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Sports Psychologist Niamh Fitzpatrick and the Stigma of Mental Health in Sports

Credit: Christopher Hiew from Pexel

The Circular spoke to a number professional athletes, as well as renowned sports psychologist Niamh Fitzpatrick, to understand the stigma surrounding mental health issues in sports, and what can be done about it.

Athletes experience mental health issues just like everyone else, but the pressure to perform and the culture of men´s locker rooms often keep their problems hidden.

“Sure, sports can be a release, but that is just the exercise. The pressure, the social situations,  all that triggers the problems you might have”, says a Swedish professional basketball player suffering from depression.

Experts agree that physical exercise is good for your mental well-being, but all the workouts in the world cannot protect you from depression, anxiety, and other issues.

Athletes experience mental health issues just like everyone else, but the pressure to perform often increases it. Credit: Heather Williams

“You feel good doing something you love, but there are so many things that can turn it into torturous anxiety as well”, says a Croatian basketball player.

He says two things are more prevalent than all the rest: Pressure to perform and injuries.

His views are common; of the people interviewed, almost all listed these as the biggest triggers.

Being injured is by far the hardest”, says an American basketball player with experience from several European professional leagues.

“You feel all this pressure, not just from the coaches, but also from your teammates. Coaches are stressing you to get ready to play and often it seems like your teammates don´t believe that you are really hurt, that you are just being soft. And since I am American, and teams can only have a certain number of us on the roster, I know that if I don’t play then I could be replaced by someone else”, he continues. “Meanwhile, you´re hundreds of miles from home and you barely speak the language. I did not know I had mental health problems until I went through that”.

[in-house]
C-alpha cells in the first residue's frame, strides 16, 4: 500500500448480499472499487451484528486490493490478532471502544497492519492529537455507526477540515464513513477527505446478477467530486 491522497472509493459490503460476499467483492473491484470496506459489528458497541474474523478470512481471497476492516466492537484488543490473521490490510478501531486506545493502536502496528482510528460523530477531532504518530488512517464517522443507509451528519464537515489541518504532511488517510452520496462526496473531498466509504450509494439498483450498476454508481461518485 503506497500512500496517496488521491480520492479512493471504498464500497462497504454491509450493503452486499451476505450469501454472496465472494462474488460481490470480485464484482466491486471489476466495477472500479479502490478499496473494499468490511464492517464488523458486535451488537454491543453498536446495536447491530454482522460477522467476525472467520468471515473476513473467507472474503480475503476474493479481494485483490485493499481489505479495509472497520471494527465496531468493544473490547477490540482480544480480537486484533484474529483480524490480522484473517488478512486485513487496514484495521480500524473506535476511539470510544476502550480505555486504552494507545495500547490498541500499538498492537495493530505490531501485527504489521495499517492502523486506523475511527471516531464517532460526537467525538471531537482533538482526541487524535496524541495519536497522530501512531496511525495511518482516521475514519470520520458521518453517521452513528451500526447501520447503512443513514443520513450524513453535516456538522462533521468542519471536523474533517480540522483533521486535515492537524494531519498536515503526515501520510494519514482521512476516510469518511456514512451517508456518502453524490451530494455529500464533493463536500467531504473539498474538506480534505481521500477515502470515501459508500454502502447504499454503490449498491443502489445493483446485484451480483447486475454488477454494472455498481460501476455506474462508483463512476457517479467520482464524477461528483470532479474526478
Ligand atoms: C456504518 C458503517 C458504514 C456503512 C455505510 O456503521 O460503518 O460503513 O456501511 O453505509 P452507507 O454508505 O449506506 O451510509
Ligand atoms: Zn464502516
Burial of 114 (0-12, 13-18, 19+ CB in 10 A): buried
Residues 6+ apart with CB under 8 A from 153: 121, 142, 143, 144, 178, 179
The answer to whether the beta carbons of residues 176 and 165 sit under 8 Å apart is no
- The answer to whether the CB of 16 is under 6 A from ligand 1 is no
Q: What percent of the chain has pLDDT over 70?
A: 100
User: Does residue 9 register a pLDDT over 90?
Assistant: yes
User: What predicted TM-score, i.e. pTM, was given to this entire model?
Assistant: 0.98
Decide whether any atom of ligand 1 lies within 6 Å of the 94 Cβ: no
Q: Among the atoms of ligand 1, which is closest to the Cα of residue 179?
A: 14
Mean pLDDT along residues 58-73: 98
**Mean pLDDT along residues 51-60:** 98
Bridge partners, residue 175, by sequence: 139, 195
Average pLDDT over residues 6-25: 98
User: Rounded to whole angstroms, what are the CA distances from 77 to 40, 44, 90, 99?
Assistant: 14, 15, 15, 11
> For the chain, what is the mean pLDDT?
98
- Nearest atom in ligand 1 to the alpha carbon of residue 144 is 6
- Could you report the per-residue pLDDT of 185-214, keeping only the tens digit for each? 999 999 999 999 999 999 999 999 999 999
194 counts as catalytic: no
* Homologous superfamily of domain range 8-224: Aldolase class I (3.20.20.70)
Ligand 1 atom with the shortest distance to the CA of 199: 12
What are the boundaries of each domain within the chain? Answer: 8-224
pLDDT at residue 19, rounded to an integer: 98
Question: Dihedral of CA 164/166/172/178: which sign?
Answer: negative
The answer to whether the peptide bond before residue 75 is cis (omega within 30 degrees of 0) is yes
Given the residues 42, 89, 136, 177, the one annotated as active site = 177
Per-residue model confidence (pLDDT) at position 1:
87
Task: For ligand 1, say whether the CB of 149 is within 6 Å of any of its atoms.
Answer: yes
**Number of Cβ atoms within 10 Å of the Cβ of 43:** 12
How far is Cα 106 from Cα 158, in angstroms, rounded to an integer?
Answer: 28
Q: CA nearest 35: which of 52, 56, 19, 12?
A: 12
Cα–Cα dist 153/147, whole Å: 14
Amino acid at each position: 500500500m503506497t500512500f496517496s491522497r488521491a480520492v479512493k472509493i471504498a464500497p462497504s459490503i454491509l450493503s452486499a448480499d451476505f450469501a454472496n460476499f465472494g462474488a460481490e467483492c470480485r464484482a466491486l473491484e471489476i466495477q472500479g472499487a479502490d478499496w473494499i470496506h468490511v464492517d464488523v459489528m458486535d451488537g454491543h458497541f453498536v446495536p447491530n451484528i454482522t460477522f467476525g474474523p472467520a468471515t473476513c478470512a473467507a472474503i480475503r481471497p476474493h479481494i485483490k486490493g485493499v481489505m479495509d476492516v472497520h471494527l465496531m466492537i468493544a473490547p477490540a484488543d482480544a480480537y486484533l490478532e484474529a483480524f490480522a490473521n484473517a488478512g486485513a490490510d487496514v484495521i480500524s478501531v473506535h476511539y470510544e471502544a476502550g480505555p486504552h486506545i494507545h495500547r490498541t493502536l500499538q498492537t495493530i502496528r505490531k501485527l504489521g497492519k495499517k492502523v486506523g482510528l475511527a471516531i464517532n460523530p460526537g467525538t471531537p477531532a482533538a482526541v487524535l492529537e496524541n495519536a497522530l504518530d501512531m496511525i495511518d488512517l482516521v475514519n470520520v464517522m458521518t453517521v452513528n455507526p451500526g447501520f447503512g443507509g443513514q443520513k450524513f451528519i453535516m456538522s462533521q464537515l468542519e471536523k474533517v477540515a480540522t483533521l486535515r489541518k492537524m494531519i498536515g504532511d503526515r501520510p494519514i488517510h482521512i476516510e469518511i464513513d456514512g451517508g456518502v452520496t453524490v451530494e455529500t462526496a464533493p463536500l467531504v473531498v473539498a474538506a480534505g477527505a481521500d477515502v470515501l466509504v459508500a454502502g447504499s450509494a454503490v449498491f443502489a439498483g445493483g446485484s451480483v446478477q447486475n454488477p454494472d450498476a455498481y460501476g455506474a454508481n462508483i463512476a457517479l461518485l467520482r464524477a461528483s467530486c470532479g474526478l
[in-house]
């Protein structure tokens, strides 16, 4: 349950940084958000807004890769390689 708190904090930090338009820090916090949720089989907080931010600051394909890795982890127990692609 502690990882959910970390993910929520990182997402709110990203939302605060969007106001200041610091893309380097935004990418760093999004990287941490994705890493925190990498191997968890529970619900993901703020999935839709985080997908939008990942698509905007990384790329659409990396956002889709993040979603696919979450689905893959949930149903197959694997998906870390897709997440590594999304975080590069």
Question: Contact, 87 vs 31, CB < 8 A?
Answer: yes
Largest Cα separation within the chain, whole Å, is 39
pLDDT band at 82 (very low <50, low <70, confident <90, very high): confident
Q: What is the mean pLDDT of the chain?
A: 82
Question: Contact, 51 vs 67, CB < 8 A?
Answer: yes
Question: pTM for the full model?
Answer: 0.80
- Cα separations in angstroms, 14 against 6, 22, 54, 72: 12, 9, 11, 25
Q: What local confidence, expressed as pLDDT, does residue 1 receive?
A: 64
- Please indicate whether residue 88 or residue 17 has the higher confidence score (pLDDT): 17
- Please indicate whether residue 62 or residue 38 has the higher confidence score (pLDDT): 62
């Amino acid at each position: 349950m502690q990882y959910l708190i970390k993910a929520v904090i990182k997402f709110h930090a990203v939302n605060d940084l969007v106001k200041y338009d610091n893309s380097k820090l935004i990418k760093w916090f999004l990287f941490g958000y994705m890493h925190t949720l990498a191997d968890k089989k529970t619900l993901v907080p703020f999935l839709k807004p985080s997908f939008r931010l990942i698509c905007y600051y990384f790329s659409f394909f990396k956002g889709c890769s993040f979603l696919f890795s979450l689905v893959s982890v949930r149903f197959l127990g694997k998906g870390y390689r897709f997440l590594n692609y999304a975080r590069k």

He does not want his name in the article. Not one person interviewed does. Though they claim they are not ashamed of their problems, they also don´t want people to know. A common concern is that teams won´t sign them if they know about their issues.

“Despite a more open conversation in recent times, there is still sometimes a perception of weakness surrounding mental health issues. “

Niamh Fitzpatrick

As a Swedish football player tells it: “A year ago a coach asked me about a player. I told him that he was talented but that he had some issues. He got concerned but I clarified that it did not affect his game. The coach never even contacted him.”

Apart from that, many of them speak of a locker room culture of silence about mental health.

“Despite a more open conversation in recent times, there is still sometimes a perception of weakness surrounding mental health issues. My belief is that rather than viewing a bout of anxiety or depression how we view a bout of flu or chickenpox, as something we go through but often come out the other side from, people sometimes view mental ill-health as being somehow more permanent, something that indicates a weakness in our character”, says Niamh Fitzpatrick, a sports and clinical psychologist who has worked with All-Ireland winners as well as the Irish Olympic squad.